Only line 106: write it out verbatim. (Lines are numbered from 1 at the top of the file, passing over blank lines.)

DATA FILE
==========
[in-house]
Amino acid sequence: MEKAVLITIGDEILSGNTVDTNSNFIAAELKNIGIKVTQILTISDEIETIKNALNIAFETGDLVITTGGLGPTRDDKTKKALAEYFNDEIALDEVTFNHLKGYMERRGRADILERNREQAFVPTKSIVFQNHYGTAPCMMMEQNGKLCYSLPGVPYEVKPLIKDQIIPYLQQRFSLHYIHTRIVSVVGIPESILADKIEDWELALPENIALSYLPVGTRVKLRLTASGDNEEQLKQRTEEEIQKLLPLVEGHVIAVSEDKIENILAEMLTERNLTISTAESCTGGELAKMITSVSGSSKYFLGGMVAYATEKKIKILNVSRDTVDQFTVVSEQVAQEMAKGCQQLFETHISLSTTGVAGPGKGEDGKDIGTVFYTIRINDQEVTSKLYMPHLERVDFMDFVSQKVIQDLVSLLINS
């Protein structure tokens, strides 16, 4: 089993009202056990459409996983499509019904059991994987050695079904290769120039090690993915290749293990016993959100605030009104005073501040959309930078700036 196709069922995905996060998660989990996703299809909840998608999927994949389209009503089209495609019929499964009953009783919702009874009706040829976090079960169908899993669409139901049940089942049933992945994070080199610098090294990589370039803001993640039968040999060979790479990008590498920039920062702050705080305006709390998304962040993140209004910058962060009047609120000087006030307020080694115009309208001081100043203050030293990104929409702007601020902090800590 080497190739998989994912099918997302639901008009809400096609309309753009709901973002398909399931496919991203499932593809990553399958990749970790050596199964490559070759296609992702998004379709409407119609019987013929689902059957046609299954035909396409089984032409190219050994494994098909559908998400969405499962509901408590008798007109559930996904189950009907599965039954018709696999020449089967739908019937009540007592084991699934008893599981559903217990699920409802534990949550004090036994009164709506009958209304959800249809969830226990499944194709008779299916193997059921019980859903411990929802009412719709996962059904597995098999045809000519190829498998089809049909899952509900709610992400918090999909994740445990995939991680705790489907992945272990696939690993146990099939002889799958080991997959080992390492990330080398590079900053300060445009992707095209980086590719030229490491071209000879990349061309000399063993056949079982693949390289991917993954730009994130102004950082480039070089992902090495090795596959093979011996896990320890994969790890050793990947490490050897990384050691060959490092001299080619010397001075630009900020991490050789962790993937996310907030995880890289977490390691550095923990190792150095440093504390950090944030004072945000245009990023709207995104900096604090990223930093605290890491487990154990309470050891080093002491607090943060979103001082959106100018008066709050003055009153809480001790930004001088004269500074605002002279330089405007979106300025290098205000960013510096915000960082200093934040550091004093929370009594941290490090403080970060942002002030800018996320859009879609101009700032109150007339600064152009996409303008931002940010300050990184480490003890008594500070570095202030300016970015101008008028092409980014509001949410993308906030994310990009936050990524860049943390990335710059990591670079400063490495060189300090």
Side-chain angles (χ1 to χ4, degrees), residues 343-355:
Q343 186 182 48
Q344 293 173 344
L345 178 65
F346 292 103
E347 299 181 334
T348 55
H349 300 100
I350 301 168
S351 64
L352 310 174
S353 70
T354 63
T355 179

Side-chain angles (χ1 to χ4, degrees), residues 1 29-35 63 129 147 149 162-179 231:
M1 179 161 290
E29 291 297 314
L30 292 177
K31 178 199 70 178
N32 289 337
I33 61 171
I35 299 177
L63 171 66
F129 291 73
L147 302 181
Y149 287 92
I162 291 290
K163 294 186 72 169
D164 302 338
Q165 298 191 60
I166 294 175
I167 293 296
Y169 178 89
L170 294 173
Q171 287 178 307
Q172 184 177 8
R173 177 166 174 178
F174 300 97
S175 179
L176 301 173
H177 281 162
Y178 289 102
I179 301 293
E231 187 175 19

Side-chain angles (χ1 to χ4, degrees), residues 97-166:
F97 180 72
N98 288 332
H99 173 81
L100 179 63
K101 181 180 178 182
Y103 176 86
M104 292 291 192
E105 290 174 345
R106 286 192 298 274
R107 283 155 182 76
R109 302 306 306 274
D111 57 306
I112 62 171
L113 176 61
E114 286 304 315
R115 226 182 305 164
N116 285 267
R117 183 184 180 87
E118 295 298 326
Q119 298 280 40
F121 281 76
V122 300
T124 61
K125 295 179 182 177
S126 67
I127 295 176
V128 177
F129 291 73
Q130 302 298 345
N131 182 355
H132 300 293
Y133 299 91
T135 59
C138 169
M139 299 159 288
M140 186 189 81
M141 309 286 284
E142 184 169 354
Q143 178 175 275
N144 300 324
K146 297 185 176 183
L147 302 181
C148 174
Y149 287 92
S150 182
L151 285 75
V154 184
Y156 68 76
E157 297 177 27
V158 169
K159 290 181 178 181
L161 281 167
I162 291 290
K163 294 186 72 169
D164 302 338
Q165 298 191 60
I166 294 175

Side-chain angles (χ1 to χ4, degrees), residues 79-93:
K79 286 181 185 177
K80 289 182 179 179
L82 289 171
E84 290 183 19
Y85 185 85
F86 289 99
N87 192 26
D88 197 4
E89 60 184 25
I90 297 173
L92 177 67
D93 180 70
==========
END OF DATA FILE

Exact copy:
Side-chain angles (χ1 to χ4, degrees), residues 79-93: